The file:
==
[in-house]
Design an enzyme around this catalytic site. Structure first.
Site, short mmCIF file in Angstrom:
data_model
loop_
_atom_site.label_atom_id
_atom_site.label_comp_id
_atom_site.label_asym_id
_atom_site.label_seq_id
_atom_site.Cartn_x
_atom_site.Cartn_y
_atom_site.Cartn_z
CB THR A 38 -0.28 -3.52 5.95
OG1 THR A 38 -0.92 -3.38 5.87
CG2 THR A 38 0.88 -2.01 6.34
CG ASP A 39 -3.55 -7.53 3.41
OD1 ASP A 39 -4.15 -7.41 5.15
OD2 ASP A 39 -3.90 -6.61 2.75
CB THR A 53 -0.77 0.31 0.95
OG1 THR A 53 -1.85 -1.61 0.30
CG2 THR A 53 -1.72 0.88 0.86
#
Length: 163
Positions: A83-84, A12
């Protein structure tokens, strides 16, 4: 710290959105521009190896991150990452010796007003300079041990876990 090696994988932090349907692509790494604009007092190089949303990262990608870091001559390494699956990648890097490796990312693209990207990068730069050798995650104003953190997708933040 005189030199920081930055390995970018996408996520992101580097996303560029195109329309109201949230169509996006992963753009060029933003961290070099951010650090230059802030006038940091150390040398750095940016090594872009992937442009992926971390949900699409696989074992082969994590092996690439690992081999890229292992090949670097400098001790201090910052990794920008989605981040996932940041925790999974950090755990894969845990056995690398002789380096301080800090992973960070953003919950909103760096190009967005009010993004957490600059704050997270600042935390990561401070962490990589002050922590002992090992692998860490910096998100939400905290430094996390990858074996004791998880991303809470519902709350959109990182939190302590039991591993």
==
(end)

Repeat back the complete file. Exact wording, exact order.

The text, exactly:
[in-house]
Design an enzyme around this catalytic site. Structure first.
Site, short mmCIF file in Angstrom:
data_model
loop_
_atom_site.label_atom_id
_atom_site.label_comp_id
_atom_site.label_asym_id
_atom_site.label_seq_id
_atom_site.Cartn_x
_atom_site.Cartn_y
_atom_site.Cartn_z
CB THR A 38 -0.28 -3.52 5.95
OG1 THR A 38 -0.92 -3.38 5.87
CG2 THR A 38 0.88 -2.01 6.34
CG ASP A 39 -3.55 -7.53 3.41
OD1 ASP A 39 -4.15 -7.41 5.15
OD2 ASP A 39 -3.90 -6.61 2.75
CB THR A 53 -0.77 0.31 0.95
OG1 THR A 53 -1.85 -1.61 0.30
CG2 THR A 53 -1.72 0.88 0.86
#
Length: 163
Positions: A83-84, A12
């Protein structure tokens, strides 16, 4: 710290959105521009190896991150990452010796007003300079041990876990 090696994988932090349907692509790494604009007092190089949303990262990608870091001559390494699956990648890097490796990312693209990207990068730069050798995650104003953190997708933040 005189030199920081930055390995970018996408996520992101580097996303560029195109329309109201949230169509996006992963753009060029933003961290070099951010650090230059802030006038940091150390040398750095940016090594872009992937442009992926971390949900699409696989074992082969994590092996690439690992081999890229292992090949670097400098001790201090910052990794920008989605981040996932940041925790999974950090755990894969845990056995690398002789380096301080800090992973960070953003919950909103760096190009967005009010993004957490600059704050997270600042935390990561401070962490990589002050922590002992090992692998860490910096998100939400905290430094996390990858074996004791998880991303809470519902709350959109990182939190302590039991591993």